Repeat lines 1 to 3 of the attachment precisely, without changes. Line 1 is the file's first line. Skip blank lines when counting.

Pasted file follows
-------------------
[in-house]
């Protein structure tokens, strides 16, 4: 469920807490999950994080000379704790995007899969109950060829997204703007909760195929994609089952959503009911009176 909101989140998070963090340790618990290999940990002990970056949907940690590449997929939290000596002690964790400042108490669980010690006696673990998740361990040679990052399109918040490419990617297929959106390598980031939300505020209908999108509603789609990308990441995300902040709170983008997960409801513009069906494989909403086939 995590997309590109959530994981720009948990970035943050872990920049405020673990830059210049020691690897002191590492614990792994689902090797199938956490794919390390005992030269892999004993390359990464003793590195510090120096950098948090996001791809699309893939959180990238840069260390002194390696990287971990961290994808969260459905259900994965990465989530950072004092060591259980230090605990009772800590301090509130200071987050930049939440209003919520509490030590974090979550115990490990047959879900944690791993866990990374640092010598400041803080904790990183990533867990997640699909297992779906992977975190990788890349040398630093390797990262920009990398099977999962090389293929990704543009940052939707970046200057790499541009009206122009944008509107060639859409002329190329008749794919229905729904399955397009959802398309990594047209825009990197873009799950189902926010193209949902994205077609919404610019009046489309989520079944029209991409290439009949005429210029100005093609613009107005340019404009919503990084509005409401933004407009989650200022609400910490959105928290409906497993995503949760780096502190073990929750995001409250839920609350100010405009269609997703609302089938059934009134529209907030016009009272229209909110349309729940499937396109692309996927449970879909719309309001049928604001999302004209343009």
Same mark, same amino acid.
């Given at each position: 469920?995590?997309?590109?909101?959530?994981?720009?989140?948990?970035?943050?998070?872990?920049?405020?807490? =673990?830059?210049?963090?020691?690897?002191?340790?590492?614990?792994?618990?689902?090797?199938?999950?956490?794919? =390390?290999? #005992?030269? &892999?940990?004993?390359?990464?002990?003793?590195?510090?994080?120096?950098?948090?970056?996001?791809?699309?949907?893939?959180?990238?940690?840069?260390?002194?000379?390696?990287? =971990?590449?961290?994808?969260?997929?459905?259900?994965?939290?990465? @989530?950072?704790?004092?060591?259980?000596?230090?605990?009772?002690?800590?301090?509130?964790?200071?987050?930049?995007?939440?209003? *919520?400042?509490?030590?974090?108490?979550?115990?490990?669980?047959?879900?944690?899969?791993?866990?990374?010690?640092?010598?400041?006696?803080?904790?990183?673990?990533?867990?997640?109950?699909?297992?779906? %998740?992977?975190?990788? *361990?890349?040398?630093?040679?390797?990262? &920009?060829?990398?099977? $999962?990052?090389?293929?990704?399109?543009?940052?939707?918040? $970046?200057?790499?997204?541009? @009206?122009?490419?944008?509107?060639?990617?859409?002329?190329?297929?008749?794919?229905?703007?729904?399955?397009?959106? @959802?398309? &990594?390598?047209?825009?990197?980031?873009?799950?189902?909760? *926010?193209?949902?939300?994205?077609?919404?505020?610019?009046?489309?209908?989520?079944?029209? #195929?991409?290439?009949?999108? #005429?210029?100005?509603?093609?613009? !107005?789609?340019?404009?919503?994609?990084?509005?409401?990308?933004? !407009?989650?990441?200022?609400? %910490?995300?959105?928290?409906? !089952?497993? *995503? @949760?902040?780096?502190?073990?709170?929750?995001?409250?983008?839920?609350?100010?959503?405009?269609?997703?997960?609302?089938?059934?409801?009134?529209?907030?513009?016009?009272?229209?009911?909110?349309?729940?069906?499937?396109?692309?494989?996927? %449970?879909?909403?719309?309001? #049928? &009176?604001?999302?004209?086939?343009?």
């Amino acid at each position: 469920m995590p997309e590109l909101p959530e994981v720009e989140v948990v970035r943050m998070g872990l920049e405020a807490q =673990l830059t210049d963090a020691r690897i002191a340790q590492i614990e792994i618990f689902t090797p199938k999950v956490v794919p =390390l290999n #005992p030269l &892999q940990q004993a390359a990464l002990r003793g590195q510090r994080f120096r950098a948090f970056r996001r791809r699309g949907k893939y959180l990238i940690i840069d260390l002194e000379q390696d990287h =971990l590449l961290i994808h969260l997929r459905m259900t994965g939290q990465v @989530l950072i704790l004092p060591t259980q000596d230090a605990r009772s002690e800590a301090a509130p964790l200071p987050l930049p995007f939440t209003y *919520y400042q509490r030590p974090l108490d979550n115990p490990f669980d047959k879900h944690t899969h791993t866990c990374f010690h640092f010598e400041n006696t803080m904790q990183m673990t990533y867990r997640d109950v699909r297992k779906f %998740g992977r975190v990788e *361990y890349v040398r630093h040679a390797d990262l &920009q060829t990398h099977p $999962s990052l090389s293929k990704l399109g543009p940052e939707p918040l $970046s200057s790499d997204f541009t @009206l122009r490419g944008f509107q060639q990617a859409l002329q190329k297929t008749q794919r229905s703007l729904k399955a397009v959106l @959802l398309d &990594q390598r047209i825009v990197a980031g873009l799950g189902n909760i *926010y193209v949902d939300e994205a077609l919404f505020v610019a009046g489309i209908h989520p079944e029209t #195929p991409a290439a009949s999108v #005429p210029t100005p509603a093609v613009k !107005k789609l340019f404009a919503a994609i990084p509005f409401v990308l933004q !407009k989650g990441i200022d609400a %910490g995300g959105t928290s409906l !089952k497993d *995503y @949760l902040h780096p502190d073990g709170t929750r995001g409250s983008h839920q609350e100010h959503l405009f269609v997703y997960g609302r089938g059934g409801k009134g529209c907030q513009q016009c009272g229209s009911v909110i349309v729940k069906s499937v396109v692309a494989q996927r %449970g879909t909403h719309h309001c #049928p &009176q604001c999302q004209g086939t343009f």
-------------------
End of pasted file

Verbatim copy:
[in-house]
């Protein structure tokens, strides 16, 4: 469920807490999950994080000379704790995007899969109950060829997204703007909760195929994609089952959503009911009176 909101989140998070963090340790618990290999940990002990970056949907940690590449997929939290000596002690964790400042108490669980010690006696673990998740361990040679990052399109918040490419990617297929959106390598980031939300505020209908999108509603789609990308990441995300902040709170983008997960409801513009069906494989909403086939 995590997309590109959530994981720009948990970035943050872990920049405020673990830059210049020691690897002191590492614990792994689902090797199938956490794919390390005992030269892999004993390359990464003793590195510090120096950098948090996001791809699309893939959180990238840069260390002194390696990287971990961290994808969260459905259900994965990465989530950072004092060591259980230090605990009772800590301090509130200071987050930049939440209003919520509490030590974090979550115990490990047959879900944690791993866990990374640092010598400041803080904790990183990533867990997640699909297992779906992977975190990788890349040398630093390797990262920009990398099977999962090389293929990704543009940052939707970046200057790499541009009206122009944008509107060639859409002329190329008749794919229905729904399955397009959802398309990594047209825009990197873009799950189902926010193209949902994205077609919404610019009046489309989520079944029209991409290439009949005429210029100005093609613009107005340019404009919503990084509005409401933004407009989650200022609400910490959105928290409906497993995503949760780096502190073990929750995001409250839920609350100010405009269609997703609302089938059934009134529209907030016009009272229209909110349309729940499937396109692309996927449970879909719309309001049928604001999302004209343009």
Same mark, same amino acid.